Emily B.

Second Place Winner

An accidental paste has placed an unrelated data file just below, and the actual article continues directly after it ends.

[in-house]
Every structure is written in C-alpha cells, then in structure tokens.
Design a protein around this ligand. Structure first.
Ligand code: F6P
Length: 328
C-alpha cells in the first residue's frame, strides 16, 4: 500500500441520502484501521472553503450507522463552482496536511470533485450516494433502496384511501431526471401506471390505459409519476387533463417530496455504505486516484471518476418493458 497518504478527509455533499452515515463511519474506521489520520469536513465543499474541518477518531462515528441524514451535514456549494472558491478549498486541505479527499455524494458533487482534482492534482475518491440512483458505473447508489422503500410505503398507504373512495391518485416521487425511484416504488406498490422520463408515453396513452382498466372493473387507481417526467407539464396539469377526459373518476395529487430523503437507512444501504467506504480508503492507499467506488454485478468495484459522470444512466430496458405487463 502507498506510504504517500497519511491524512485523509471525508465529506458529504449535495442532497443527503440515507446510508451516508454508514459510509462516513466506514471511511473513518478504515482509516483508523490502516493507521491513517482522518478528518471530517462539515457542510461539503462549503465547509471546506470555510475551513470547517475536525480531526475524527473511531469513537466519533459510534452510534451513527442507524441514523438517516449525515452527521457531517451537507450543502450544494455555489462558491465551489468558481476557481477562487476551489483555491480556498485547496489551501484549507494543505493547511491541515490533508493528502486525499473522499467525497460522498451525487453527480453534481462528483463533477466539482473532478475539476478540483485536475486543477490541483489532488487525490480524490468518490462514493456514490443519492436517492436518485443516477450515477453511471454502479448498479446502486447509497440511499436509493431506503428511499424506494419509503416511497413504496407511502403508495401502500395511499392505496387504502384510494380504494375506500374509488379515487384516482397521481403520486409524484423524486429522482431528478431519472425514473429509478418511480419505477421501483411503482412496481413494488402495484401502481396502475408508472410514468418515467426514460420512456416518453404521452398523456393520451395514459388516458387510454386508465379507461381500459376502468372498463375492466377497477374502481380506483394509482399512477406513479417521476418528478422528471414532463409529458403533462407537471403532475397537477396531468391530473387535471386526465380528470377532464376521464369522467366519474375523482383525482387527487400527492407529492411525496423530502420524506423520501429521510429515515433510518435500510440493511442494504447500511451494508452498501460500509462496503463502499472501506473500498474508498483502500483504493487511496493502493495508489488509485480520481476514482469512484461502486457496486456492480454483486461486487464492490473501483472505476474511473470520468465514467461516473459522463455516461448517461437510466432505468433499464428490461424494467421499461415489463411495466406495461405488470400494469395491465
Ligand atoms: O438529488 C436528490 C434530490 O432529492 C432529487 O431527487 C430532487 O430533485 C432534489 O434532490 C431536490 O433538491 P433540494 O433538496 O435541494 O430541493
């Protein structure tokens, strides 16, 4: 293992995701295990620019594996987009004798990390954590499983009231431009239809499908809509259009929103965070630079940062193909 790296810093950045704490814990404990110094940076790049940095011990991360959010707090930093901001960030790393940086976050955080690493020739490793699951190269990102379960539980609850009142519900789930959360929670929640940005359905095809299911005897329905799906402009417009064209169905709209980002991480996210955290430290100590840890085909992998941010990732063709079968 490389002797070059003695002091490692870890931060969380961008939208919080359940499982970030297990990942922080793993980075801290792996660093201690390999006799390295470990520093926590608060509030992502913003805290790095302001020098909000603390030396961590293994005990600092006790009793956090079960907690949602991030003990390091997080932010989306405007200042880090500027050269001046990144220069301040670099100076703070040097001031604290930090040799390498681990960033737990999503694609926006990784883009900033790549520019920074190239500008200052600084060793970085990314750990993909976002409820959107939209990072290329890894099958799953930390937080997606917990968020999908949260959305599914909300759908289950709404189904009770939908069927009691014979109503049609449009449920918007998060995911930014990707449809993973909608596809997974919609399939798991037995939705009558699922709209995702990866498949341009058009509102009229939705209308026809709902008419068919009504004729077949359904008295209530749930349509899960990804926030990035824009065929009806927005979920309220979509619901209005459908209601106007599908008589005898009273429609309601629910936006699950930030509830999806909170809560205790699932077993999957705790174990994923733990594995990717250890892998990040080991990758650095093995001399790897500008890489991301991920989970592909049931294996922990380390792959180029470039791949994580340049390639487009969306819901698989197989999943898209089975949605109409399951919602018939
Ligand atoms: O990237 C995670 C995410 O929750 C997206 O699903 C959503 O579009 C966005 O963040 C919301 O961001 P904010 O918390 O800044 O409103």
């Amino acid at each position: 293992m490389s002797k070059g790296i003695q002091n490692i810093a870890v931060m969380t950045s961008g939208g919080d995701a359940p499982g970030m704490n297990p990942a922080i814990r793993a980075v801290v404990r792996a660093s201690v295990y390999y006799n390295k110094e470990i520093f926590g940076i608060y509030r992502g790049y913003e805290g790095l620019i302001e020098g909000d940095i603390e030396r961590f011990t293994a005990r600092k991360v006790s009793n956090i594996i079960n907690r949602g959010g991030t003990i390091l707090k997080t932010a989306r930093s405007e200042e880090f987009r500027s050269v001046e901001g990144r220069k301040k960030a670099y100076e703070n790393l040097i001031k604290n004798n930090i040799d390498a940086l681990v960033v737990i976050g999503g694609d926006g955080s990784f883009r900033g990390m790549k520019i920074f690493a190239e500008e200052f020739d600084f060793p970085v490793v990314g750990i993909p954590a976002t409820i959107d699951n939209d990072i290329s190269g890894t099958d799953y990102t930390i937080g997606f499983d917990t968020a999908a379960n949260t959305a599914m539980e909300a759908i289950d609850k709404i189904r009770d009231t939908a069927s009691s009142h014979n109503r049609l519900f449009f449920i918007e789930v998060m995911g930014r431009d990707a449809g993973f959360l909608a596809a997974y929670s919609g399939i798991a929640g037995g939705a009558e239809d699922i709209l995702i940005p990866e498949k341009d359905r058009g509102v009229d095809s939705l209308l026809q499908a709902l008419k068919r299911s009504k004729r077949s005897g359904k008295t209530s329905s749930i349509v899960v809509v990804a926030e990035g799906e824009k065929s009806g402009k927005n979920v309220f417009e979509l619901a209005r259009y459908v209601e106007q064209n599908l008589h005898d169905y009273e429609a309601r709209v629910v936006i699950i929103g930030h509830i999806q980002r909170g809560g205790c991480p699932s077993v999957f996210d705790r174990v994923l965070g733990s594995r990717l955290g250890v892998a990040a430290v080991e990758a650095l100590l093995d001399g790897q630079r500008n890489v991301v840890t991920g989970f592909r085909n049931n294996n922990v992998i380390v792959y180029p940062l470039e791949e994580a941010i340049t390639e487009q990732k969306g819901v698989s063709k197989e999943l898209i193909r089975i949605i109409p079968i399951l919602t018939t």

As a young child, my family and I would read together every night. Each night, my brother and I took turns choosing the book. When I was about 5, I remember choosing one particular book over and over again, night after night after night. At the time I chose it because it was short, I could read it on my own, and for some reason I was drawn to the pictures and characters. However, as I reflect back on this book today, I realize that the book's foundation and message have helped me grow into the person I am today. This book, which was, and is still, so close to my heart, is The Giving Tree by Shel Silverstein. In this story, a boy grows up, and through all stages of his life, asks the tree for many things. The tree always gives what is asked, regardless of how it is personally affected, in order to make the boy happy. This selfless act of giving may seem foolish to some, especially as the tree ended up nothing but a stump. But in the end, even the stump made the boy happy, which in turn made the tree happy. This has taught me that giving of oneself in order to better the lives of others is what brings true happiness and self-fulfillment. This general idea has always been at the core of my being; my main priority in life is doing all I can to make the lives of the people around me better and happier. I live my life in service through Kids Against Hunger, the Sussex Leos Club, National Honor Society, and Student Council, constantly helping others and trying hard not to ask for anything in return. This book has also impacted my future plans. I know that whatever career I choose needs to have a foundation of helping others. Because I love doing art, my plan is to gain a Masters degree in Art Therapy and an American Sign Language certification in order to become an art therapist, specializing in working with deaf children. These goals are lofty, but as long as I remember the spirit of the Giving Tree, giving of myself to help these children learn, grow, and heal, while asking for nothing in return, I know that personal happiness is inevitable. As a child, The Giving Tree just seemed like another story on the shelf. I didn't realize then that the impact of reading it every day would engrain the spirit of its message into me, and affect my life choices for many years. As I continue on in life, through college and into the work force, I hope to always remember the essence of the Giving Tree. I know that as long as I give what I can to others in order to better their lives, my own life will be great as well. To give is to receive, so the more happiness I can share, the happier I shall become.